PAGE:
What's Love Got to Do With It? Issues Over Work Romances
Jerry Seinfeld once quipped: "[d]ating is pressure and tension. What is a date, really, but a job interview that lasts all night?" This could be true when considering workplace relationships. While, such an "interview" may lead to a meaningful relationship—even a life partner—it could also go awry and lead to liability for the employer and employee if there is harassment, discrimination, or "sexual favoritism." Whether or not work romances or sexual favoritism are legal will depend on the hierarchy of the relationships, facts surrounding the behaviors, the company's policy (if one exists), and the state in which the relationship takes place.
With all the inherent risks, workplace romances are in fact very popular and pose problems for employees and employers alike. In a 2013 survey by Vault.com, almost 60 percent of those surveyed admitted to having an office romance and 64 percent said that they would do it again.1 It is not surprising that the office has become a major dating scene when one considers that the average employee spends the majority of his day working, once sleeping and eating are taken into account.2
As commonplace as these romances have become, there are still fundamental issues that arise which can leave employees, especially women, vulnerable to discrimination and retaliation. The most fundamental issues occur when a supervisor and a subordinate become romantically involved.3 This issue is not lost on the public, as 34 percent of those surveyed by Vault.com found that an office romance is unacceptable when the couple involved is on "different levels."4 Clearly the power dynamic between these two individuals puts into question whether the relationship is truly welcomed and consensual.
Federal and state laws have made it clear that sexual harassment is a form of gender discrimination and therefore illegal under Title VII of the Civil Rights Act of 1964 as well as local and state laws.5 Work relationships can be a source of quid pro quo sexual harassment in situations where submission to or rejection of sexual favors is used as the basis for employment decisions or is made a condition of employment. Work relationships can also be a source of a hostile work environment which is present where inappropriate behavior is severe or pervasive.6 The key inquiry is whether the harassment resulted in a tangible employment action resulting in significant change in employment status.7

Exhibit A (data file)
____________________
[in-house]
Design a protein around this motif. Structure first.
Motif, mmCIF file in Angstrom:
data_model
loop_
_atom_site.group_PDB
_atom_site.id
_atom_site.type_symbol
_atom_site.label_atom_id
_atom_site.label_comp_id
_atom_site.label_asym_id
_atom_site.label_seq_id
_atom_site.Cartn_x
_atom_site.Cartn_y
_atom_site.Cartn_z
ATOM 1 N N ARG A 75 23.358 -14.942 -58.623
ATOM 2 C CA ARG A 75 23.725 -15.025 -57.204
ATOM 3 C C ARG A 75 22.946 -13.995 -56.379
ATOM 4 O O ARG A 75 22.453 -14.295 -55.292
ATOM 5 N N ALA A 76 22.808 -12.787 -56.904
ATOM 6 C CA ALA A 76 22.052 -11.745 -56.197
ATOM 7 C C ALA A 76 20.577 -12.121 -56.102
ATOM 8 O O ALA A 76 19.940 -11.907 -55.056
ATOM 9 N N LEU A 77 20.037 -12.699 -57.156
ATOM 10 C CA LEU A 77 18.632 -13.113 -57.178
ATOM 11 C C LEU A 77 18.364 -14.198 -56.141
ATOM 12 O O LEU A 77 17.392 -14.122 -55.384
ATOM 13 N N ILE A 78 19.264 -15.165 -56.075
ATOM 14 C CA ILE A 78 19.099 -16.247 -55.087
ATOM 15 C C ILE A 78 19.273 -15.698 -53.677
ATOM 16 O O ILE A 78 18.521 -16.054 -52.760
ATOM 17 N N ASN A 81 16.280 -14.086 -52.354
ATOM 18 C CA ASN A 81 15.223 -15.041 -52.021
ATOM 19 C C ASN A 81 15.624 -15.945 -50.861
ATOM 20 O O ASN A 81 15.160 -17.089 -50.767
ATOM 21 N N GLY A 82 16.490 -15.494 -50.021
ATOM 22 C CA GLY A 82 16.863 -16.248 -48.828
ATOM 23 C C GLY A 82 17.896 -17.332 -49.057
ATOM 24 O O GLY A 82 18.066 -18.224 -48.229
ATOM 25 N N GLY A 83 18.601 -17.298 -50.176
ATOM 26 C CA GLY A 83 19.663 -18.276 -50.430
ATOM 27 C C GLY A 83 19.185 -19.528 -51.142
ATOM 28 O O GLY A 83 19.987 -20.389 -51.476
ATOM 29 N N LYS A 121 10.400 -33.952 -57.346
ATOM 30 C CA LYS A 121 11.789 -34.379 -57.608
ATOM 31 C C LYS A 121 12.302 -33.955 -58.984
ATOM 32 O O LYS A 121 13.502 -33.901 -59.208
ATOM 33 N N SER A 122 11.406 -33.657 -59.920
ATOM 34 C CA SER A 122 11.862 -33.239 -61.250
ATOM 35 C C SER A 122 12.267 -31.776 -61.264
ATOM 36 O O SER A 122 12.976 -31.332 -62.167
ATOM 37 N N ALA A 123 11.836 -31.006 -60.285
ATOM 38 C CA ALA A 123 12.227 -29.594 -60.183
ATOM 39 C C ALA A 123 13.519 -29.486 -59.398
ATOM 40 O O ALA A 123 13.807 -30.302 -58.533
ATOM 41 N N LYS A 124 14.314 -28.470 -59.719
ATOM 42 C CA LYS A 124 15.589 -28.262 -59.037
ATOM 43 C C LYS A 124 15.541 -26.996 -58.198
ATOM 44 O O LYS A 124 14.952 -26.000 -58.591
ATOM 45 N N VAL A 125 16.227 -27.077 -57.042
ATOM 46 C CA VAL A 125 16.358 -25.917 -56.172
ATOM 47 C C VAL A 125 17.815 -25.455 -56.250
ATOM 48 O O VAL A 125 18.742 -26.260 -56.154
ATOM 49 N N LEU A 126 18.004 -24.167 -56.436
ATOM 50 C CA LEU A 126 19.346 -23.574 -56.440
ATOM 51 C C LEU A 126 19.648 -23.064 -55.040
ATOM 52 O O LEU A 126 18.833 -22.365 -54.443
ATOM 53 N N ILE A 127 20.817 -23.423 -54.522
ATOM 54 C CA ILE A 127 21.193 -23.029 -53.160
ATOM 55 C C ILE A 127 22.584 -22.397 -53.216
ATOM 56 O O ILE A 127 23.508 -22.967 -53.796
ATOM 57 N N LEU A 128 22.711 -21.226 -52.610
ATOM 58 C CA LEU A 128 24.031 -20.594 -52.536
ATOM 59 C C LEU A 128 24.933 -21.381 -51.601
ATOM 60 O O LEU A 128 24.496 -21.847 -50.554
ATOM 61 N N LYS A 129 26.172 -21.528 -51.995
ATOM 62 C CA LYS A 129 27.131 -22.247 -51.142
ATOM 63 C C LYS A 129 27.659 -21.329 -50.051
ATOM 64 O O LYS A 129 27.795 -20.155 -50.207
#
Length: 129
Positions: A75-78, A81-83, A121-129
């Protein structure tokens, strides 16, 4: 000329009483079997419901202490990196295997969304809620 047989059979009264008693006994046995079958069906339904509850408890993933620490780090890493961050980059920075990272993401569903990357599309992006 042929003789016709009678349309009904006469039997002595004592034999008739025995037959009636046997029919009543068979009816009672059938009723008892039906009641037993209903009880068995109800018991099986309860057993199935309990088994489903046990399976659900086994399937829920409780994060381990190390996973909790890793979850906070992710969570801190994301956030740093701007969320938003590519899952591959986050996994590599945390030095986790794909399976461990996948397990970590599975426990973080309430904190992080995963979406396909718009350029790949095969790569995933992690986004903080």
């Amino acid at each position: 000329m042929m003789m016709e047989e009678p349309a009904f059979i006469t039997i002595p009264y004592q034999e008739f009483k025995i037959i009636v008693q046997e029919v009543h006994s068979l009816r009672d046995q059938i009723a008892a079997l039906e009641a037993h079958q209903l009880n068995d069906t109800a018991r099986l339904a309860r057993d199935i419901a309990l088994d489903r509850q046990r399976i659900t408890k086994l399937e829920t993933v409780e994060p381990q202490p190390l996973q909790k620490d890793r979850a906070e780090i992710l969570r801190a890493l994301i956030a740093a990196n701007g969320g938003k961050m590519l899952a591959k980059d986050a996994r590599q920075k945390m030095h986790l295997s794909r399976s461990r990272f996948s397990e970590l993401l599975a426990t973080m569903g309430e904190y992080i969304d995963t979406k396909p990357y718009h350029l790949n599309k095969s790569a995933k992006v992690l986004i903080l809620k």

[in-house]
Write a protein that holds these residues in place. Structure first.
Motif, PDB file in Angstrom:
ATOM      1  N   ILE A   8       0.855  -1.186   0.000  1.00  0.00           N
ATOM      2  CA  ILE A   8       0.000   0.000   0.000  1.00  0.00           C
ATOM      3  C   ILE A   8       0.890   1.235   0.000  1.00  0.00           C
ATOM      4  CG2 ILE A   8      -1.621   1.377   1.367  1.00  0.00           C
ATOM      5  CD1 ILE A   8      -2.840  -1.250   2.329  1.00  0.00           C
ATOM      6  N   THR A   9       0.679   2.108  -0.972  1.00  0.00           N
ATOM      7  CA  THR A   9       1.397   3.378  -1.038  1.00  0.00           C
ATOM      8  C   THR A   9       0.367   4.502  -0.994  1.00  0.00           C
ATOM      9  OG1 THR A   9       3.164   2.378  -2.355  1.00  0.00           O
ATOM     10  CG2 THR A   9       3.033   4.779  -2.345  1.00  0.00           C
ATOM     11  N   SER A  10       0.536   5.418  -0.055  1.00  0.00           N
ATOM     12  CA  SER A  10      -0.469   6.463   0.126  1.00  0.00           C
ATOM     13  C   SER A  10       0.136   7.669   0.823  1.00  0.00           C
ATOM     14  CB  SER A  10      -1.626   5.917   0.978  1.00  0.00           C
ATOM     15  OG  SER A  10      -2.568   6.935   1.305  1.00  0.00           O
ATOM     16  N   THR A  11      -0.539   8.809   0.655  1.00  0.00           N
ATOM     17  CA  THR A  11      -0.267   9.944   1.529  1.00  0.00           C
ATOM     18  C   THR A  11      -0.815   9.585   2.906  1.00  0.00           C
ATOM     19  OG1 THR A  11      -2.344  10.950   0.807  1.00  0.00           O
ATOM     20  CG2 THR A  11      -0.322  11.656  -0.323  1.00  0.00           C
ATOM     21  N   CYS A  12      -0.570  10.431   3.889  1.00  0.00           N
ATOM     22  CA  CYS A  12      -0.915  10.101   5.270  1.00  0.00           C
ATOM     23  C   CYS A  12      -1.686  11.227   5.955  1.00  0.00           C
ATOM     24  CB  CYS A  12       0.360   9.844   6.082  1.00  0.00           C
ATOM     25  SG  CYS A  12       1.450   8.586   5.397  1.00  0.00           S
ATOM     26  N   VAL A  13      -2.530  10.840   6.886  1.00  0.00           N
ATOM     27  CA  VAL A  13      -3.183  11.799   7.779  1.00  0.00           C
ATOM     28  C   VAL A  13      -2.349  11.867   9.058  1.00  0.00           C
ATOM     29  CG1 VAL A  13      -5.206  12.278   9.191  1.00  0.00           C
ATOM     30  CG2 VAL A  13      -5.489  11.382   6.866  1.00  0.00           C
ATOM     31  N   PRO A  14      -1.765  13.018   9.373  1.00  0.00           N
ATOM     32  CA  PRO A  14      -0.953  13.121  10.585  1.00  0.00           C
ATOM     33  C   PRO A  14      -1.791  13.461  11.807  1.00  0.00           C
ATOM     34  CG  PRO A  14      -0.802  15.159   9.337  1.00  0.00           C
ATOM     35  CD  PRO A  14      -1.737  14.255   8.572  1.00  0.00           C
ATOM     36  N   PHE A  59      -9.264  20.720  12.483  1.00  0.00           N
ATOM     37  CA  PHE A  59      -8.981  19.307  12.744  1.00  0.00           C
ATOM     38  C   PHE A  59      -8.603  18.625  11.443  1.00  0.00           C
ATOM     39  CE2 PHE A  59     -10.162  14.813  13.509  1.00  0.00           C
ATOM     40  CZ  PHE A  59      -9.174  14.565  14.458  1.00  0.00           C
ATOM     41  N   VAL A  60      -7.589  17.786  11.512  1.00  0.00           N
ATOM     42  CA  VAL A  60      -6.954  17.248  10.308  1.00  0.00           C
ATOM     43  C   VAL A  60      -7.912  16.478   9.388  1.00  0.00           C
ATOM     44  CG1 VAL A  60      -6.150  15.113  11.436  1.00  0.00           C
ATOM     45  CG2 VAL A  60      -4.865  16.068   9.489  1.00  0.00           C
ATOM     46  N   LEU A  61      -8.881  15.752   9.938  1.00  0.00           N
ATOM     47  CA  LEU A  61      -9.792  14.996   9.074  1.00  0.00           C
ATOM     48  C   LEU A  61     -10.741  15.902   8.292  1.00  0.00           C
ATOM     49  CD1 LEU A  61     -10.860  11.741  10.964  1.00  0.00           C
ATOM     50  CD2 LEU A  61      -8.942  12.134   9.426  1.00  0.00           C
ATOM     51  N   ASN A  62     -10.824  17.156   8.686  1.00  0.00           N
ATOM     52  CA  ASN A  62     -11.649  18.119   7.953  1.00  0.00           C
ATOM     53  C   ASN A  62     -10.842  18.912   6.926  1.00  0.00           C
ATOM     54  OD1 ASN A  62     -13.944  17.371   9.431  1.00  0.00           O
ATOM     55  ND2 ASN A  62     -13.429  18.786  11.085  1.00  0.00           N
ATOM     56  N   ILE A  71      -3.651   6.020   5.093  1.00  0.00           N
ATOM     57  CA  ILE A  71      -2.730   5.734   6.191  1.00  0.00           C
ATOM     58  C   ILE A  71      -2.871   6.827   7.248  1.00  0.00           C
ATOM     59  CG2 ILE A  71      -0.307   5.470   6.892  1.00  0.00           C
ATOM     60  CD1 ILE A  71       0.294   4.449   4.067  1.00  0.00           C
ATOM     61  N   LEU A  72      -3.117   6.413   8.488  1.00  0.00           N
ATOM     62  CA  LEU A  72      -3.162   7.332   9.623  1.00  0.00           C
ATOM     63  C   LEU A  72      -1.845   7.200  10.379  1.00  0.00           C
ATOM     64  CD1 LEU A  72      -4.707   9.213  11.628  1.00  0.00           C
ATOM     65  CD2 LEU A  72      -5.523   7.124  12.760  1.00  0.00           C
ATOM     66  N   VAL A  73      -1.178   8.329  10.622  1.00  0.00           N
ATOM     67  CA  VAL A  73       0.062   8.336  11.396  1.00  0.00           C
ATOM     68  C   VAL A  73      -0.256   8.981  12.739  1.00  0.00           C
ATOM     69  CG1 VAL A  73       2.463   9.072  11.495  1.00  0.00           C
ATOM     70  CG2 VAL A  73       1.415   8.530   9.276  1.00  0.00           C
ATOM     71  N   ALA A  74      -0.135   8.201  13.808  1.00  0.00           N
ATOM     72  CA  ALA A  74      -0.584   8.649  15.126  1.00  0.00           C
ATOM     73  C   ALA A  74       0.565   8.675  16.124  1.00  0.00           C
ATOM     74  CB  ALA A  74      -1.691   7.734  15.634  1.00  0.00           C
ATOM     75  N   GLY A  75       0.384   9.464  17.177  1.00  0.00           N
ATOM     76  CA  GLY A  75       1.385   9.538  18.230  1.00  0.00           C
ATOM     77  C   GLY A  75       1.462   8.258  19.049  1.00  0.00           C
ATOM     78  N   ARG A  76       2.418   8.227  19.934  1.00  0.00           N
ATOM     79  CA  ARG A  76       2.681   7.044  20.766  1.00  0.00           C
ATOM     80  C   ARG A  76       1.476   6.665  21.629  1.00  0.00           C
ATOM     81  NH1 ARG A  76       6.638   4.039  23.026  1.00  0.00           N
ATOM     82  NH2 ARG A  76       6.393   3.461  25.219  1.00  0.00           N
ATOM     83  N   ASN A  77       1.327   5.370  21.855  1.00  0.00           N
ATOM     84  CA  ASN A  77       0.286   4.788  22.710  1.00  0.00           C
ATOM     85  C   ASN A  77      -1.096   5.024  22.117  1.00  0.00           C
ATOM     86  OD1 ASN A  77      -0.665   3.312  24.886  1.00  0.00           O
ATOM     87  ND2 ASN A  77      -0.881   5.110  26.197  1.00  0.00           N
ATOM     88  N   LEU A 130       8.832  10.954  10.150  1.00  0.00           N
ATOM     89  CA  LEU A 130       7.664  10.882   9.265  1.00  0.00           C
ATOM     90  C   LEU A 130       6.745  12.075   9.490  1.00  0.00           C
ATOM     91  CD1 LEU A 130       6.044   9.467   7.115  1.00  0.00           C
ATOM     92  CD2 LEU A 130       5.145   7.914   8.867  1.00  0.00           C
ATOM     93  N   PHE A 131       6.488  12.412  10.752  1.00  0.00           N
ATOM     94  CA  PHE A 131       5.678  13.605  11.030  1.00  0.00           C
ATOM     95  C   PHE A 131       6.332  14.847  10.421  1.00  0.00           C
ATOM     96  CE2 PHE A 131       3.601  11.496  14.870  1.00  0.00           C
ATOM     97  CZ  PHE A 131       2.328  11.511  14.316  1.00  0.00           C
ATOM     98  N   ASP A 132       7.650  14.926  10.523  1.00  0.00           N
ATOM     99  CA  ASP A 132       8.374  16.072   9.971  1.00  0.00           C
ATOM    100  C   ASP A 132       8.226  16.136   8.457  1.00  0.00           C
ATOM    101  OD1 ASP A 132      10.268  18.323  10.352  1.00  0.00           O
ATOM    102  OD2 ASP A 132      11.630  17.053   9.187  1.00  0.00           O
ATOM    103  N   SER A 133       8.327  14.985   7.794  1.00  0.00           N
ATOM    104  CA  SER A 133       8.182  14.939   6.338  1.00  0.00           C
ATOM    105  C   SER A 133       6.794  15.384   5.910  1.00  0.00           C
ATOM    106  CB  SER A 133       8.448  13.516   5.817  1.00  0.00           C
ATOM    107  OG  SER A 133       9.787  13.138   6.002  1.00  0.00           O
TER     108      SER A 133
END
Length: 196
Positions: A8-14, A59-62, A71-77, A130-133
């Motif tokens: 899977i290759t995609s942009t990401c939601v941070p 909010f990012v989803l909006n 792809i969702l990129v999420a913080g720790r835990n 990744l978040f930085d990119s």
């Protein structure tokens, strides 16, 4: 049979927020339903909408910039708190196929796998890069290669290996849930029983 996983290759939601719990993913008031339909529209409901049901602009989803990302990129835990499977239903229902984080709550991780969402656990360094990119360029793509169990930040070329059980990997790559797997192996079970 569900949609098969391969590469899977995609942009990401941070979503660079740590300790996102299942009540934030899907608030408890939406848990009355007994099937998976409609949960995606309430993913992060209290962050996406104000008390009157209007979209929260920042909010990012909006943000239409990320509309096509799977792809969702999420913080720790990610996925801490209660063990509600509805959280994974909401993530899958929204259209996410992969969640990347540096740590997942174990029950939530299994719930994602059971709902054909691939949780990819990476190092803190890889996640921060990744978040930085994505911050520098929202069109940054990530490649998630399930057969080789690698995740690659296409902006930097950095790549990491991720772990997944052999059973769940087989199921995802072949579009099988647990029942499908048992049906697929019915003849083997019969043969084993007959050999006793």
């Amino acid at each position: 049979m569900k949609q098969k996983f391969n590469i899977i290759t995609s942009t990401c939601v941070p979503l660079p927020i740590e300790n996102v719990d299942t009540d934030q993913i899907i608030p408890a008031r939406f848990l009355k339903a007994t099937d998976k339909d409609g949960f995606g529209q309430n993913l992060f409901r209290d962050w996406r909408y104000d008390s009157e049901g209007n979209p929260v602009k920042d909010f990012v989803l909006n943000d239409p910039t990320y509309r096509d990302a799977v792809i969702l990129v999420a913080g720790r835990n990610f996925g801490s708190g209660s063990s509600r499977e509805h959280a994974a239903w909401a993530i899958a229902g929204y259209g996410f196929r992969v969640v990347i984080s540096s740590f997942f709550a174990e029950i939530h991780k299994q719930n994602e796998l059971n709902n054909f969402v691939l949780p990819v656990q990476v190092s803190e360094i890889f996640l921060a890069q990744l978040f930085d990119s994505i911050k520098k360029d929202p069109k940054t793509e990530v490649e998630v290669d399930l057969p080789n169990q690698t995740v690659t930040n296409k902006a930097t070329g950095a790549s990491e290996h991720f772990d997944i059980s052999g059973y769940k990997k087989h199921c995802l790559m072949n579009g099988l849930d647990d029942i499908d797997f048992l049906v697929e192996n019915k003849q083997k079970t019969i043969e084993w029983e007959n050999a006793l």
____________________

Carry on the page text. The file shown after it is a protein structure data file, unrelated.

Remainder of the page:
For actionable harassment to exist, a reasonable person must be able to find the work environment hostile or abusive, and the victim must perceive it to be so.8 Courts have found that the following conduct may be sufficient to show a hostile work environment: repeatedly calling an employee a "bitch" and giving her unequal work assignments9; making sexually suggestive comments about an employee's body, her clothing and the way she smelled, and leering at her10; and watching pornography in the workplace and in the presence of other employees.11
Thanks to technology, today's workplace expands beyond that of the physical office. Employees are regularly provided with access to the Internet via their work computers, personal handhelds, and iPads. Textual harassment refers to sending someone unsolicited text messages, via a phone or social media, that may be harassing in nature. In order to protect employees from such occurrences, employers should institute, update and enforce clear policies on the use of technology and communication between co-workers.